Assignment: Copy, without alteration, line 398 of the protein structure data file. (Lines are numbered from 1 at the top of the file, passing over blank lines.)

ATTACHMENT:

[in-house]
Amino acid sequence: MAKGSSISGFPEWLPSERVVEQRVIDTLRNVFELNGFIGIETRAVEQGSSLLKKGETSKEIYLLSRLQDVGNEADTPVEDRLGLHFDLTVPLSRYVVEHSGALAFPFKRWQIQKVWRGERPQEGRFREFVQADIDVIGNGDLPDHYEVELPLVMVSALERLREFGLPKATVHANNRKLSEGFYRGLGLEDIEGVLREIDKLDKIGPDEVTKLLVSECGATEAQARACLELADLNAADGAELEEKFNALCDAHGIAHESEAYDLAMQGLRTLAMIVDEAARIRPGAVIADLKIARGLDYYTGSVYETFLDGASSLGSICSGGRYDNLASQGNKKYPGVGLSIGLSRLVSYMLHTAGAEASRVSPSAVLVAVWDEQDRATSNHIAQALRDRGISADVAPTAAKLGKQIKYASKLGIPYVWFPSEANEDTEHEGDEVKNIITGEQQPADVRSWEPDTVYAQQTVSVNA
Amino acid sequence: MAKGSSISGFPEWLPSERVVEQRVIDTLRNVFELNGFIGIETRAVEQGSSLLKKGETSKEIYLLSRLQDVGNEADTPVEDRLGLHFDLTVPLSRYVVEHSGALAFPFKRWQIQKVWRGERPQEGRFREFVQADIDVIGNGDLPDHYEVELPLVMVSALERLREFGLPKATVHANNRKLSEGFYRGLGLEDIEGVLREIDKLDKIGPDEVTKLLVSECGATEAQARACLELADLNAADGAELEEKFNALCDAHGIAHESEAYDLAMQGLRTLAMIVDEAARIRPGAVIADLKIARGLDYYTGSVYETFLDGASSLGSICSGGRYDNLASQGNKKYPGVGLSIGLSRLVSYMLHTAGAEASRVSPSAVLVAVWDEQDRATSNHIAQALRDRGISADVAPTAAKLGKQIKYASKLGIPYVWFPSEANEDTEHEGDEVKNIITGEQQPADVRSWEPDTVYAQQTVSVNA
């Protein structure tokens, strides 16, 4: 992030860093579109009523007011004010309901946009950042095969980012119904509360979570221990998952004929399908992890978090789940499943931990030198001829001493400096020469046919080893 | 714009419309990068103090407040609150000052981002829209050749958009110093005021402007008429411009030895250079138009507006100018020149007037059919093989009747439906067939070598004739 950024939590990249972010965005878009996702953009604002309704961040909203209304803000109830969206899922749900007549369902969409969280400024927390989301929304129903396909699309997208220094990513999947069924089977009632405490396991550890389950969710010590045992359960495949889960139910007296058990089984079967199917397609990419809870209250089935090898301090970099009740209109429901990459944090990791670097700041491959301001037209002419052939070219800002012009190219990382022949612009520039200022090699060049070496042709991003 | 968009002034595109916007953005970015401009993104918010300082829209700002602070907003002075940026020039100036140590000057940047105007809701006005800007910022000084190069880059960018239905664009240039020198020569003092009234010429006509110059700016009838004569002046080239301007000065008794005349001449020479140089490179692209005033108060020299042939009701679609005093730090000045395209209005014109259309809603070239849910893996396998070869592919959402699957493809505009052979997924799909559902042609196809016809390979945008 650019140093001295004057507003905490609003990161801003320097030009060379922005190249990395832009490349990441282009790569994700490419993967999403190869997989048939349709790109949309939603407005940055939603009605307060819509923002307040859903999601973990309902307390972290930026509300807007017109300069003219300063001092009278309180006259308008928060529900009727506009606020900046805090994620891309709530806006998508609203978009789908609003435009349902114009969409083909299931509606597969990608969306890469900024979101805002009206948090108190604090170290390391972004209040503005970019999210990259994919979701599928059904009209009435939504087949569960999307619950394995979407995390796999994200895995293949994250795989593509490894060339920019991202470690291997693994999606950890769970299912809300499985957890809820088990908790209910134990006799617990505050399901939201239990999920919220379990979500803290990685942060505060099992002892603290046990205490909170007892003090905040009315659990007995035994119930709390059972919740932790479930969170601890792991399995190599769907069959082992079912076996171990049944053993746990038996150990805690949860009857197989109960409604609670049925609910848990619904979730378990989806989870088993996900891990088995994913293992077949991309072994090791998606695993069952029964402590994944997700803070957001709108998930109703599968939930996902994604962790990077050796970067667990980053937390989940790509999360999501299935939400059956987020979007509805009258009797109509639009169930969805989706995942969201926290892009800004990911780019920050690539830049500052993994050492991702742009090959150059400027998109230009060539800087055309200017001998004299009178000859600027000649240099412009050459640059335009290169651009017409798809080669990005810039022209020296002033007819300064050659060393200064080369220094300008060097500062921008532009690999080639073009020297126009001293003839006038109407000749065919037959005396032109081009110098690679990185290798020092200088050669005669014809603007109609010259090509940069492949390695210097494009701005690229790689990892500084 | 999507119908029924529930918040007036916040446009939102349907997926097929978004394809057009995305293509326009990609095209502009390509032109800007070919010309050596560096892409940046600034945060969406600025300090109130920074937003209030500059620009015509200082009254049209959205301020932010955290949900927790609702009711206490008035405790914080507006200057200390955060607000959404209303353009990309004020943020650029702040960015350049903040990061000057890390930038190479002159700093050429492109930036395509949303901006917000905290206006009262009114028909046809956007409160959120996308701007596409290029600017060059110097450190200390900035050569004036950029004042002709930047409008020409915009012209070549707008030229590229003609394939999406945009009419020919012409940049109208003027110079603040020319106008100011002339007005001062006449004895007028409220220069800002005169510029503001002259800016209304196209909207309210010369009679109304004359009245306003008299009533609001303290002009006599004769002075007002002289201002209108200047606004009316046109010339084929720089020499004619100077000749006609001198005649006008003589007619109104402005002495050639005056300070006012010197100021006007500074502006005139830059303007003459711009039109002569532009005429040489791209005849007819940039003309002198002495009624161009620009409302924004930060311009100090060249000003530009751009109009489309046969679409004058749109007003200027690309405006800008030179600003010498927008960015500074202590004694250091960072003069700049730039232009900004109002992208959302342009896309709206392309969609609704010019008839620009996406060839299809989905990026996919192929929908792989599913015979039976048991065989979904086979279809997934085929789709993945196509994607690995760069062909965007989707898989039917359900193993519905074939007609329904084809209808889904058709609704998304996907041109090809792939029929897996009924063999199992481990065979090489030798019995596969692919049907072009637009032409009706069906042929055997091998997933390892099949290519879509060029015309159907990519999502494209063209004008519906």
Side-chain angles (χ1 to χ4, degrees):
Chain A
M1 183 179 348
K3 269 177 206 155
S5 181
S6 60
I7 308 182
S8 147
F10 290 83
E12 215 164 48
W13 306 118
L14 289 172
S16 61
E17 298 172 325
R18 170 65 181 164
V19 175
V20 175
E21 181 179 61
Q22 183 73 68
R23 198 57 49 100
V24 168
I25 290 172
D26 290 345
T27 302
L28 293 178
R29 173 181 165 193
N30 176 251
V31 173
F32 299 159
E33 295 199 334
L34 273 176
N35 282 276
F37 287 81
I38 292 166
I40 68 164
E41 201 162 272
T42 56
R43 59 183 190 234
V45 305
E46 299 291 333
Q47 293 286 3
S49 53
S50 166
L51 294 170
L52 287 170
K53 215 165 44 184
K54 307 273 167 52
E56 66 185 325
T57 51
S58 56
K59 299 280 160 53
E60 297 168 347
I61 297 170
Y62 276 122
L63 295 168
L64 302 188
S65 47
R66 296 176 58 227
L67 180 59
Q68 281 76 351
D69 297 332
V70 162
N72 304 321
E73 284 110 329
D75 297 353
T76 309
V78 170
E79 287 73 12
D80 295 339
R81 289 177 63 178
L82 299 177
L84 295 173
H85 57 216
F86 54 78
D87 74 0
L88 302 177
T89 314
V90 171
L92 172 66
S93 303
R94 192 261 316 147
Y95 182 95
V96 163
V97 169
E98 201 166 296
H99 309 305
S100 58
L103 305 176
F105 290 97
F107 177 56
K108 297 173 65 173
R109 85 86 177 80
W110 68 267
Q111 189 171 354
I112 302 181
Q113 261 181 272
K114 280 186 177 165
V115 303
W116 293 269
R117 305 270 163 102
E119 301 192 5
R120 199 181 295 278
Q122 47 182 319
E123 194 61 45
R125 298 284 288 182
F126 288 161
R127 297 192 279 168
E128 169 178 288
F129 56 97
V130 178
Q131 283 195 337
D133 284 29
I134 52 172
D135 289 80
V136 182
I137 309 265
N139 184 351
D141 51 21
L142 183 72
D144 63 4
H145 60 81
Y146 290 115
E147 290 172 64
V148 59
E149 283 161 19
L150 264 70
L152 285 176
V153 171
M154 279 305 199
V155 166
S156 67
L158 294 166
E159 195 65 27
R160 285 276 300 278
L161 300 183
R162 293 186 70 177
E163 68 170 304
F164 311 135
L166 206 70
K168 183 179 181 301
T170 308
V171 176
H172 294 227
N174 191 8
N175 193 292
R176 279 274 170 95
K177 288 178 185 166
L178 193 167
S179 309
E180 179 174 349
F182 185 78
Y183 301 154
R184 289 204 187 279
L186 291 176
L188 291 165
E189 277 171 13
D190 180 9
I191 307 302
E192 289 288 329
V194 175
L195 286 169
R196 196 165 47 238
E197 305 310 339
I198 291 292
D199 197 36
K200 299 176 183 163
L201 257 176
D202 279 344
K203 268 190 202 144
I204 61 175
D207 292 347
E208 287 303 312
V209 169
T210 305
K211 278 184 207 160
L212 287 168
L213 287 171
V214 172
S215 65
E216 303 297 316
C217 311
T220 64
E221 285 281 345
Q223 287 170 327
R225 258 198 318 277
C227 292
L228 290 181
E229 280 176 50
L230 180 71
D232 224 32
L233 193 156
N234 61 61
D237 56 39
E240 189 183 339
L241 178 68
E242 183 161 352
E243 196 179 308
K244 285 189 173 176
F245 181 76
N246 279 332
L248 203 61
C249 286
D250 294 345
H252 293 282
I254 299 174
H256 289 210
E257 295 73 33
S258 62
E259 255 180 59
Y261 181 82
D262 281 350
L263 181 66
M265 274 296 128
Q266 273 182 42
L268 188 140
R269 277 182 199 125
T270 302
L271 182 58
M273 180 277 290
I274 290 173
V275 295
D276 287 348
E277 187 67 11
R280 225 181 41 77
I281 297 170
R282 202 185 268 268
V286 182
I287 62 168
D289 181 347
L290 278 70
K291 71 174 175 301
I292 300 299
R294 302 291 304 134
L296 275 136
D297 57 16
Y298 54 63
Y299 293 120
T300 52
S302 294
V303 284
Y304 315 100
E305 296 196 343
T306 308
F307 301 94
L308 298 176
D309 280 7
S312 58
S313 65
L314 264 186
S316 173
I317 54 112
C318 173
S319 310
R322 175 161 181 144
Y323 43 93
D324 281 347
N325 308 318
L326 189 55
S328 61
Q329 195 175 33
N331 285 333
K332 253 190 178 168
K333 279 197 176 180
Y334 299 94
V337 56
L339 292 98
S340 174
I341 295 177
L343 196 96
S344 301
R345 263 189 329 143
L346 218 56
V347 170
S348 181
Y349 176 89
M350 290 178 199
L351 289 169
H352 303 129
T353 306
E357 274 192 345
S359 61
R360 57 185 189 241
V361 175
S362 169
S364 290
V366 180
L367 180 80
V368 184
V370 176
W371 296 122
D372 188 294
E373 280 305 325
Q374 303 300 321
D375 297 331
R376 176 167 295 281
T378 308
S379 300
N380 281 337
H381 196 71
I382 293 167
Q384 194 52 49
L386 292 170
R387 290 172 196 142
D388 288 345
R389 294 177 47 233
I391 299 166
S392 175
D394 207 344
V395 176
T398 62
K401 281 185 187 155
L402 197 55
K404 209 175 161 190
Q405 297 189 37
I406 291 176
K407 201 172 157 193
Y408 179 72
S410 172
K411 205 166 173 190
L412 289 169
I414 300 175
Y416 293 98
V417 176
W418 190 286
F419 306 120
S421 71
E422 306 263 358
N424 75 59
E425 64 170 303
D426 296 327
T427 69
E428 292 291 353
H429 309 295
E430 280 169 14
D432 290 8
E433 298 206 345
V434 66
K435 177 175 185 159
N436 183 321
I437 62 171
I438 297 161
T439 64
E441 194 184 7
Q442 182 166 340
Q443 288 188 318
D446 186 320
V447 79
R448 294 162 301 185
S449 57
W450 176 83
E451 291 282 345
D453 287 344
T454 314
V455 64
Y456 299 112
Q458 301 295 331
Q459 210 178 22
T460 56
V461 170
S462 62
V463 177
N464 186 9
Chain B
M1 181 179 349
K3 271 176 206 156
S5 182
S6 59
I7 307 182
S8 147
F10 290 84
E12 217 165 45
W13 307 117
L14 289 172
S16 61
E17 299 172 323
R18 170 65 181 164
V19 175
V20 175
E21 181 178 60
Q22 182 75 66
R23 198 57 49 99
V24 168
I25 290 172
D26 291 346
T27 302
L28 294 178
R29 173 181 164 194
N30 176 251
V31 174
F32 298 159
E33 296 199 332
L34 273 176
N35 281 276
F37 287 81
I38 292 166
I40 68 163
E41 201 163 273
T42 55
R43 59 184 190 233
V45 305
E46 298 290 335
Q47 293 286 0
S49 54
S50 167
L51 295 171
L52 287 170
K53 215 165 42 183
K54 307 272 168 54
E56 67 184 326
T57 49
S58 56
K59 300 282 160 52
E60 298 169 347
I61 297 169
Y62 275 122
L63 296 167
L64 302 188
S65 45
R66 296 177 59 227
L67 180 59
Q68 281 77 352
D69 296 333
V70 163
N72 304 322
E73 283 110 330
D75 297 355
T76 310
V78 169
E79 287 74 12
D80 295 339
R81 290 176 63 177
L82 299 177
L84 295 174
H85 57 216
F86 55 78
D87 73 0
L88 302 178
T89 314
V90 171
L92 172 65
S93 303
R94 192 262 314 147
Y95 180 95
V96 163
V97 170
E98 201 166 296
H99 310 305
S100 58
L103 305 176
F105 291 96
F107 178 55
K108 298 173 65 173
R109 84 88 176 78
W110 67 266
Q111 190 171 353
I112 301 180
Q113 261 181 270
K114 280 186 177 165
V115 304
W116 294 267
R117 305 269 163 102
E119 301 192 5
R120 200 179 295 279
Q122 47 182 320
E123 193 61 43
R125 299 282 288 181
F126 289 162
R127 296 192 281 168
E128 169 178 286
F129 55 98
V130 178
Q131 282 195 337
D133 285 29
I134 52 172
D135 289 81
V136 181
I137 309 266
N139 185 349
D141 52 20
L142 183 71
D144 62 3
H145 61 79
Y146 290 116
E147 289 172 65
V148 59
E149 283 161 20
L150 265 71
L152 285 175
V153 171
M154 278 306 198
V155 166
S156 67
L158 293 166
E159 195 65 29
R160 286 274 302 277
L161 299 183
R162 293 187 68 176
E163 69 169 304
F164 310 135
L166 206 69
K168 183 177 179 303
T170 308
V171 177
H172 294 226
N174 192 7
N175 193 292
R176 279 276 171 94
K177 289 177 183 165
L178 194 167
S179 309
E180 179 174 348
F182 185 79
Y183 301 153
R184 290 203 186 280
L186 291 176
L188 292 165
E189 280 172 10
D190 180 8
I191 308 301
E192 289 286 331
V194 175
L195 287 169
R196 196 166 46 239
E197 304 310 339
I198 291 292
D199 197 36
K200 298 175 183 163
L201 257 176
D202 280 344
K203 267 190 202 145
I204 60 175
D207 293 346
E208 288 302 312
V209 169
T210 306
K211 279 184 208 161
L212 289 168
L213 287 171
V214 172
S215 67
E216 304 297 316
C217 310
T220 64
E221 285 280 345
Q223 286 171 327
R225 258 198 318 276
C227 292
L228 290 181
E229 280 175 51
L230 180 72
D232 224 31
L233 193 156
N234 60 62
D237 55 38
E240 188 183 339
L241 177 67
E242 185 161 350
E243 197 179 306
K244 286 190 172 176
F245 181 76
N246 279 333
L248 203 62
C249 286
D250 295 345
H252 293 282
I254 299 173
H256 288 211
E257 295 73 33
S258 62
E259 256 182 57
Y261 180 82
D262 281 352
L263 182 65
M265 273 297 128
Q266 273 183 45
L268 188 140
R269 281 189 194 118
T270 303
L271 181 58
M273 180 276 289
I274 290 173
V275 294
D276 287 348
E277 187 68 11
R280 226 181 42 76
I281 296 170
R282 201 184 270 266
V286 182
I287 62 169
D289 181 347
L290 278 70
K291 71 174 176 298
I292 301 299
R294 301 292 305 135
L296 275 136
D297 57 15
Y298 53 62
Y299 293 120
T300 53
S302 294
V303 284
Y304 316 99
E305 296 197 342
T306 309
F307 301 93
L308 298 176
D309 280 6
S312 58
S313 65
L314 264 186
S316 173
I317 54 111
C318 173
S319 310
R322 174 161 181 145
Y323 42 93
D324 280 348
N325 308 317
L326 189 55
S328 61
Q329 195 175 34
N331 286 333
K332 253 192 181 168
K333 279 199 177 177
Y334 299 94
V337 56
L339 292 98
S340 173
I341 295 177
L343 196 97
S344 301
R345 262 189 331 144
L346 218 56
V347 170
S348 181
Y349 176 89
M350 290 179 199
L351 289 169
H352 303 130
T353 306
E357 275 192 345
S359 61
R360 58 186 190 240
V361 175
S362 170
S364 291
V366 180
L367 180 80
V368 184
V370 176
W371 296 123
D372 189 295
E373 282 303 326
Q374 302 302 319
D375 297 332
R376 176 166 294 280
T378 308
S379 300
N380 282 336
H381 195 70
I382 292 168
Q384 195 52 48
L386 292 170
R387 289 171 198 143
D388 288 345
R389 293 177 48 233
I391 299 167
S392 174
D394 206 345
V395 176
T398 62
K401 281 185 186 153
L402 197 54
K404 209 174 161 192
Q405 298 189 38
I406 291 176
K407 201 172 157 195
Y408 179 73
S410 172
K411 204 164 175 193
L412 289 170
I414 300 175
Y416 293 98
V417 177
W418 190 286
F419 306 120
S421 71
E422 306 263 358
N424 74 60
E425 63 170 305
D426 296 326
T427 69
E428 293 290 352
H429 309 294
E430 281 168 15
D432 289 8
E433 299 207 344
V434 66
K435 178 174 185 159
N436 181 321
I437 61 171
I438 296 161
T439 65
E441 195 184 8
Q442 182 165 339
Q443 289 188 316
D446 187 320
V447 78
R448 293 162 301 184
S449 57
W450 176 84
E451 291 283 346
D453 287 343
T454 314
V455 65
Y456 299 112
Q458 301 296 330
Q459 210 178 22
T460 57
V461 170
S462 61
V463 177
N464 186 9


F37 287 81